Overall numbers for US powersports giant Polaris Industries still looked quite good nine months into 2021, with an apparently consistent growth trajectory for its minority motorcycle business at least. But recovery for the company’s key off-road vehicle (ORV) sector began to unravel drastically in Q3, as component shortages struck hard. BDN financial editor Roger Willis reports.
Three-quarterly revenue across all Polaris divisions climbed by 23.7% to £4.382bn. Operating profit reached £403m, bouncing back from an operating loss of £36.7m in the same period last year. Net profit recovered to £296.3m, from a net loss of £53.7m. ORV sales, including snowmobiles, rose by 22.5% to £2.732bn. Revenue from motorcycles, encompassing the Indian and Slingshot brands, was 31.5% up to £415.9m.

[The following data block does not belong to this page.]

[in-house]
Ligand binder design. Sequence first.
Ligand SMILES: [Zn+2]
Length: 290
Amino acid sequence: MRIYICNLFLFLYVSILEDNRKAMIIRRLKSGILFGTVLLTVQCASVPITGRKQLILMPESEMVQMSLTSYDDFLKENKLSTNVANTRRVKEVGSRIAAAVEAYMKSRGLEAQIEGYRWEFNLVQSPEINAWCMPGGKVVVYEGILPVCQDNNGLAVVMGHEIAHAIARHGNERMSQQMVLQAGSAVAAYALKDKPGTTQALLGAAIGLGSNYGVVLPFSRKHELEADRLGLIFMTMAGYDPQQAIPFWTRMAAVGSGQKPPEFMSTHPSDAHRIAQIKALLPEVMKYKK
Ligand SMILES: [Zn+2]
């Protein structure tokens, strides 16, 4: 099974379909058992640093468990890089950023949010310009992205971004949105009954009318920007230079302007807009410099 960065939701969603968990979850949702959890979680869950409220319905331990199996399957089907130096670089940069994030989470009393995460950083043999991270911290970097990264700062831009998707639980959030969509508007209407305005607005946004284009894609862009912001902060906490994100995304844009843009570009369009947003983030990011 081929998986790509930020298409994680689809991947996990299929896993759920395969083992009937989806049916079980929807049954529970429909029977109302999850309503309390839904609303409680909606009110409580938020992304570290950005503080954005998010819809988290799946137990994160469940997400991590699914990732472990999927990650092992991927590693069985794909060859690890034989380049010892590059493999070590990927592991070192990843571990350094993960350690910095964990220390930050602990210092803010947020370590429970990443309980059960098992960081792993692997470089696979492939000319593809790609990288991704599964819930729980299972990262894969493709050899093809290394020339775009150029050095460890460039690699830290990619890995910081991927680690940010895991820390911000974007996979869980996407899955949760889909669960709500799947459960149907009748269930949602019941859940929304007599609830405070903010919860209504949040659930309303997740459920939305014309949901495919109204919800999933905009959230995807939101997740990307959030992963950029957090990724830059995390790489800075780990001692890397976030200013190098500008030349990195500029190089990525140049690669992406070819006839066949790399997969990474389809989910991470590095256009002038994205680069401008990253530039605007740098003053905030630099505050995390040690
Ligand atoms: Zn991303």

But Q3 results told a different story. Total group revenue flatlined, rising by just 0.3% to £1.425bn. The quarterly motorcycle contribution had maintained firm wholesale positivity, adding 16.5% to £141.3m, although retail sales had evidently dropped by 12%. However, ORV turnover also based on wholesale shipments sank by 6.2% to £878.4m.
Worse, Polaris admitted that North American ORV retail sales had decreased during the quarter by about 24%, Side-by-side vehicles had taken the brunt of this decline, with quadbikes losing around 20%. The excuse for both motorcycles and ORVs was lack of product availability in dealerships due to parts supply-chain issues.
And given these constraints, the company announced reductions in its full-year 2021 adjusted earnings and sales guidance. That went down like a lead balloon on Wall Street, where investors wiped 7.9% off Polaris shares on the day these results were published.
$-£ currency translation at forex rates on 28 October